Sunday, September 18, 2011

Down economy hits small, rural libraries; conference teaches them how to garner money

Small, rural libraries have an advantage over larger libraries and it has everything to do with their size. They enjoy strong connections to the people, including local government officials, of the communities in which they operate, and are oftentimes the center of these communities. This was the overarching theme at the Association for Rural and Small Libraries annual conference this month.

The conference emphasized the importance of rural libraries to their respective communities, and focused on the economic concerns many small libraries across the country are currently facing. Advocacy and funding have become central concerns, reported Miguel Figueroa of American Libraries Magazine. As a result, some programs at the conference included grant writing, endowment building and working with boards of trustees.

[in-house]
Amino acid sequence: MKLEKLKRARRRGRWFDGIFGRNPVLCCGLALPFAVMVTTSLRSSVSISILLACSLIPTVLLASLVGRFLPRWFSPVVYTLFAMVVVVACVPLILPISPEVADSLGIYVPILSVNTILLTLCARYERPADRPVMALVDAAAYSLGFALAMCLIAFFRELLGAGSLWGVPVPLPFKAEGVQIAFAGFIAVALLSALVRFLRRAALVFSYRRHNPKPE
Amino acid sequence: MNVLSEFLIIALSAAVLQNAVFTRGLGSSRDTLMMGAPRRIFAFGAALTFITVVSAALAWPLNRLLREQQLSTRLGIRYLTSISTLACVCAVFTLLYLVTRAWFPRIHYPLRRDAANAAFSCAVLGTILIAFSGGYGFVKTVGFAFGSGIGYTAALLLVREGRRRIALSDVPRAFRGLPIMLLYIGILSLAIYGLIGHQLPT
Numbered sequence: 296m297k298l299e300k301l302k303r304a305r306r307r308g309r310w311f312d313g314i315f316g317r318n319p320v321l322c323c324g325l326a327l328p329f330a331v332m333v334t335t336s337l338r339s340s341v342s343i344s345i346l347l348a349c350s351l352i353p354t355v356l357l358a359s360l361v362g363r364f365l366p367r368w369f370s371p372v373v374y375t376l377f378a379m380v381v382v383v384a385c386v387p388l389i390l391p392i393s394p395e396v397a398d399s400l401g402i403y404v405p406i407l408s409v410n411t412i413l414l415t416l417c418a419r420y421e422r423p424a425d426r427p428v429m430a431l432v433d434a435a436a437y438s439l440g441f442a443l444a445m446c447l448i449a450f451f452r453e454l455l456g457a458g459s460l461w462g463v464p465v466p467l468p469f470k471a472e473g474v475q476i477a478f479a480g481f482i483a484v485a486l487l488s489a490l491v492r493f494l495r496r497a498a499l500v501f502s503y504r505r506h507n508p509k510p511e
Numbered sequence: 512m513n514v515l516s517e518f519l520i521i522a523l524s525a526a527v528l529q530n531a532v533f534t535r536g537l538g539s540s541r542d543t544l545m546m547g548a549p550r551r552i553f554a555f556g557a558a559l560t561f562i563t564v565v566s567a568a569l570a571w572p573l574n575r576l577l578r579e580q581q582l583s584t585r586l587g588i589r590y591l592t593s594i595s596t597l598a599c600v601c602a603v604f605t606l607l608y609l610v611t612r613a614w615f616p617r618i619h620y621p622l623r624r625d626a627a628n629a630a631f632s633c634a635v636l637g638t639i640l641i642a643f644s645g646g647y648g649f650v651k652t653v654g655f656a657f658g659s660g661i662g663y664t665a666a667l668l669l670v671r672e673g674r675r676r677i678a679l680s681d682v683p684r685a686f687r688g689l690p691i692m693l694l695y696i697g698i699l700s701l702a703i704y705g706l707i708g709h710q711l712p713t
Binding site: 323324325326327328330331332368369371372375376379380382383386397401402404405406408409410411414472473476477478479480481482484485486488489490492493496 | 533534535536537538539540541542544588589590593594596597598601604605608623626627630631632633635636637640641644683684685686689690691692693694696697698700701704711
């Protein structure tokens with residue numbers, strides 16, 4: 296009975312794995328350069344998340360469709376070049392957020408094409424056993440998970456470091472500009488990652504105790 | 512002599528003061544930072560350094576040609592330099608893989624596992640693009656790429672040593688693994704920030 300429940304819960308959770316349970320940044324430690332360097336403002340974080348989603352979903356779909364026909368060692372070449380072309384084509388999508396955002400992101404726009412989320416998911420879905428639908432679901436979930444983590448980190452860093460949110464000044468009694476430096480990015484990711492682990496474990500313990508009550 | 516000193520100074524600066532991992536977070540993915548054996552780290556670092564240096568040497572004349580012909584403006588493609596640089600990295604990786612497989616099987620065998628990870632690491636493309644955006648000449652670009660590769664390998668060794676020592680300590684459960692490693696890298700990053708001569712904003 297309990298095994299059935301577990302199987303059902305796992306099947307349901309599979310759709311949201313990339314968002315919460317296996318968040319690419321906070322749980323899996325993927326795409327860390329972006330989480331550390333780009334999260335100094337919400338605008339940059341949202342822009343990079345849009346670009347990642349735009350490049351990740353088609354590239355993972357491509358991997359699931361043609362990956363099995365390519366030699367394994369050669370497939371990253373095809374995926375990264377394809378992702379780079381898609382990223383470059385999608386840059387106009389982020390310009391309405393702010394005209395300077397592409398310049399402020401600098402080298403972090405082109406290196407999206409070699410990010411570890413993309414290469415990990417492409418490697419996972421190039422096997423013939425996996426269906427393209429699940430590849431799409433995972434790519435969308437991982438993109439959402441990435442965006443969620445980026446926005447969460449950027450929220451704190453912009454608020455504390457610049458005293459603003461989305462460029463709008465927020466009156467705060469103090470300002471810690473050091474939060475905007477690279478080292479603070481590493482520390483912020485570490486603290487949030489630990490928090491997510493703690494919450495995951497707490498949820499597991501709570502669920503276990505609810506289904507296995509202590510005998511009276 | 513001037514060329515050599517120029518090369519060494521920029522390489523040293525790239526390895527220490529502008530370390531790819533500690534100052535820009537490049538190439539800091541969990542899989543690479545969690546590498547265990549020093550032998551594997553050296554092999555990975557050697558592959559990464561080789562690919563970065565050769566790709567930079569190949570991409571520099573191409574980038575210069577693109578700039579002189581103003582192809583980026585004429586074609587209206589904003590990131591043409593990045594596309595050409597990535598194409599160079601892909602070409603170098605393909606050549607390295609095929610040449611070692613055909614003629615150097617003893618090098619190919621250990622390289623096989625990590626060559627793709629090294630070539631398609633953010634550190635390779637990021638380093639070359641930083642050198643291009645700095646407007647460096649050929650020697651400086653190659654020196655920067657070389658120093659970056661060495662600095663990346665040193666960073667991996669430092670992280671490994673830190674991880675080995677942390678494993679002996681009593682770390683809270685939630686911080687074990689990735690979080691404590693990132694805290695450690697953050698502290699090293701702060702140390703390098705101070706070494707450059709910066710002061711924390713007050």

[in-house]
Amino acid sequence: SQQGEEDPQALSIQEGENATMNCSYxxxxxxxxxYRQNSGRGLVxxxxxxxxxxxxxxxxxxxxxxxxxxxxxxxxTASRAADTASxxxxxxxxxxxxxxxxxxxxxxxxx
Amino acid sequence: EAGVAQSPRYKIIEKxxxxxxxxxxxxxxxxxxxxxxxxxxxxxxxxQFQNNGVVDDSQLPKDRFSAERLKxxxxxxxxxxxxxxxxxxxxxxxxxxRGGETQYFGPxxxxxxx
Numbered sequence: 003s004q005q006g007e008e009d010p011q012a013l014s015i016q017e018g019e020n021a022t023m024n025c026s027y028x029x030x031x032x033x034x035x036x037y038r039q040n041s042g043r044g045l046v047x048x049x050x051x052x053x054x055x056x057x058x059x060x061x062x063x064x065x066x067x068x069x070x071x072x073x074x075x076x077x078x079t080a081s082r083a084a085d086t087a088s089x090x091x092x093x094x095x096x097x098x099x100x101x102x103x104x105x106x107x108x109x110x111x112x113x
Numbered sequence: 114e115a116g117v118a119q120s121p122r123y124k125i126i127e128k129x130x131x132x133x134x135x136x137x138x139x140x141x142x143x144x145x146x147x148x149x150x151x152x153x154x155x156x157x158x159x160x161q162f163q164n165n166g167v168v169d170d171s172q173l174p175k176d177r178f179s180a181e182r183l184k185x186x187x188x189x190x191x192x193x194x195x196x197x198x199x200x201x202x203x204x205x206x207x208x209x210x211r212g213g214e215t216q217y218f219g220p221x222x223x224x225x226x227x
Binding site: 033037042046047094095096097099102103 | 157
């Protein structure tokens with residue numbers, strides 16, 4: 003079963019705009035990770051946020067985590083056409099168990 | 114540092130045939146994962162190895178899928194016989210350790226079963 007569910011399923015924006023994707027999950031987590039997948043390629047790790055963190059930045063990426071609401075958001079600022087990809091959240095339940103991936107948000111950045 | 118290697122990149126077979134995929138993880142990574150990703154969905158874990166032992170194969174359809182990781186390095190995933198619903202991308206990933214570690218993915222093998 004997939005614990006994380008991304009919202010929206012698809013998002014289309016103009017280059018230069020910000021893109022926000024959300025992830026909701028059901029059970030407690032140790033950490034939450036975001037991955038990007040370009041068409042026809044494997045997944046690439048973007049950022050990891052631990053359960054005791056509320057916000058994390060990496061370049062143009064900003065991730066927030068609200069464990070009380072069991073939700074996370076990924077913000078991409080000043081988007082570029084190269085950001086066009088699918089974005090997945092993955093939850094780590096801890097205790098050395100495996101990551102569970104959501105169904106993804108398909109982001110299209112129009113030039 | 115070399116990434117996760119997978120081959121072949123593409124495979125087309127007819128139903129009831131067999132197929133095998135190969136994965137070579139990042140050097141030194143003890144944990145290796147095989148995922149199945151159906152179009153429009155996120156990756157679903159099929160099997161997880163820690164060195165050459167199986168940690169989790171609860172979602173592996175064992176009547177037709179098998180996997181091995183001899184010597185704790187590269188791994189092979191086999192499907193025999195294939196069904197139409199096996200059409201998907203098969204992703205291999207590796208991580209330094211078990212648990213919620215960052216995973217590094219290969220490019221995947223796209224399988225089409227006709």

The conference also made technology a focus, introducing a program called "Pushing the Limits," which the National Science Foundation is trying to bring to 100 small libraries across the country. Attendees of the conference were also encouraged to make their libraries community-centered by building partnerships with local organizations, schools and workforce commissions.

No comments: